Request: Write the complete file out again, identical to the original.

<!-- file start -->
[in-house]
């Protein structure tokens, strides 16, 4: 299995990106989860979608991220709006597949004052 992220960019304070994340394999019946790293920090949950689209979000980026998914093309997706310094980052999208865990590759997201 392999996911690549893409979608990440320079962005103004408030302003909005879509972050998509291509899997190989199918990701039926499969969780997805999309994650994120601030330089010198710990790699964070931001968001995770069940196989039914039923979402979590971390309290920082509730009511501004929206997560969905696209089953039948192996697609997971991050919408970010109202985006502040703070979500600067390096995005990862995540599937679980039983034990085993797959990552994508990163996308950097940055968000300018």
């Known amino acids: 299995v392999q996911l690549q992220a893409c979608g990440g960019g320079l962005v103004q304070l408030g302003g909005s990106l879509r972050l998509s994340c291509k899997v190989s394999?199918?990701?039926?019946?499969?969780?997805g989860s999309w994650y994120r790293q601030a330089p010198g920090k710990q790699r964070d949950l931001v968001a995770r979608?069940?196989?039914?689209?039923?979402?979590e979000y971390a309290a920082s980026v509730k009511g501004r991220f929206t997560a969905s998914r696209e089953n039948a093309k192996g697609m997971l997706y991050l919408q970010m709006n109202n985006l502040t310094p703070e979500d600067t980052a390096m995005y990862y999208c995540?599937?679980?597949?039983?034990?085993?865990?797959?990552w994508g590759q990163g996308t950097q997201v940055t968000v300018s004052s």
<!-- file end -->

[in-house]
């Protein structure tokens, strides 16, 4: 299995990106989860979608991220709006597949004052 992220960019304070994340394999019946790293920090949950689209979000980026998914093309997706310094980052999208865990590759997201 392999996911690549893409979608990440320079962005103004408030302003909005879509972050998509291509899997190989199918990701039926499969969780997805999309994650994120601030330089010198710990790699964070931001968001995770069940196989039914039923979402979590971390309290920082509730009511501004929206997560969905696209089953039948192996697609997971991050919408970010109202985006502040703070979500600067390096995005990862995540599937679980039983034990085993797959990552994508990163996308950097940055968000300018």
């Known amino acids: 299995v392999q996911l690549q992220a893409c979608g990440g960019g320079l962005v103004q304070l408030g302003g909005s990106l879509r972050l998509s994340c291509k899997v190989s394999?199918?990701?039926?019946?499969?969780?997805g989860s999309w994650y994120r790293q601030a330089p010198g920090k710990q790699r964070d949950l931001v968001a995770r979608?069940?196989?039914?689209?039923?979402?979590e979000y971390a309290a920082s980026v509730k009511g501004r991220f929206t997560a969905s998914r696209e089953n039948a093309k192996g697609m997971l997706y991050l919408q970010m709006n109202n985006l502040t310094p703070e979500d600067t980052a390096m995005y990862y999208c995540?599937?679980?597949?039983?034990?085993?865990?797959?990552w994508g590759q990163g996308t950097q997201v940055t968000v300018s004052s």